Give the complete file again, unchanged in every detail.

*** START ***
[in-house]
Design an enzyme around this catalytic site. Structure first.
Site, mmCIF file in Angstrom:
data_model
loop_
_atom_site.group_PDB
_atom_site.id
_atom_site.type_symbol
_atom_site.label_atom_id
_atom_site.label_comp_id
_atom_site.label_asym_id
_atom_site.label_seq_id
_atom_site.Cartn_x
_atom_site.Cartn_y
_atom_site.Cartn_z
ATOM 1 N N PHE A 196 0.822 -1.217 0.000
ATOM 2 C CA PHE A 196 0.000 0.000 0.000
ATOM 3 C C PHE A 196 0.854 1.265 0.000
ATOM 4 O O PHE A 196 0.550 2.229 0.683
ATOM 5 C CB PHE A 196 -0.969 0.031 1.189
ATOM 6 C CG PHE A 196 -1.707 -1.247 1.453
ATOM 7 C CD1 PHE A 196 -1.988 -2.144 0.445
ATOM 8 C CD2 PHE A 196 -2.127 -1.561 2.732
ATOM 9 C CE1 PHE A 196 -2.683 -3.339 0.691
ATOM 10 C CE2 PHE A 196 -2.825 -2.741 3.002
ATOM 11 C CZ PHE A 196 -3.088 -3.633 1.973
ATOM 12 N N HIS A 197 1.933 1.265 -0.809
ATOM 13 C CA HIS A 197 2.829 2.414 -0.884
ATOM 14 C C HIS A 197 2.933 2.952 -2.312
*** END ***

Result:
[in-house]
Design an enzyme around this catalytic site. Structure first.
Site, mmCIF file in Angstrom:
data_model
loop_
_atom_site.group_PDB
_atom_site.id
_atom_site.type_symbol
_atom_site.label_atom_id
_atom_site.label_comp_id
_atom_site.label_asym_id
_atom_site.label_seq_id
_atom_site.Cartn_x
_atom_site.Cartn_y
_atom_site.Cartn_z
ATOM 1 N N PHE A 196 0.822 -1.217 0.000
ATOM 2 C CA PHE A 196 0.000 0.000 0.000
ATOM 3 C C PHE A 196 0.854 1.265 0.000
ATOM 4 O O PHE A 196 0.550 2.229 0.683
ATOM 5 C CB PHE A 196 -0.969 0.031 1.189
ATOM 6 C CG PHE A 196 -1.707 -1.247 1.453
ATOM 7 C CD1 PHE A 196 -1.988 -2.144 0.445
ATOM 8 C CD2 PHE A 196 -2.127 -1.561 2.732
ATOM 9 C CE1 PHE A 196 -2.683 -3.339 0.691
ATOM 10 C CE2 PHE A 196 -2.825 -2.741 3.002
ATOM 11 C CZ PHE A 196 -3.088 -3.633 1.973
ATOM 12 N N HIS A 197 1.933 1.265 -0.809
ATOM 13 C CA HIS A 197 2.829 2.414 -0.884
ATOM 14 C C HIS A 197 2.933 2.952 -2.312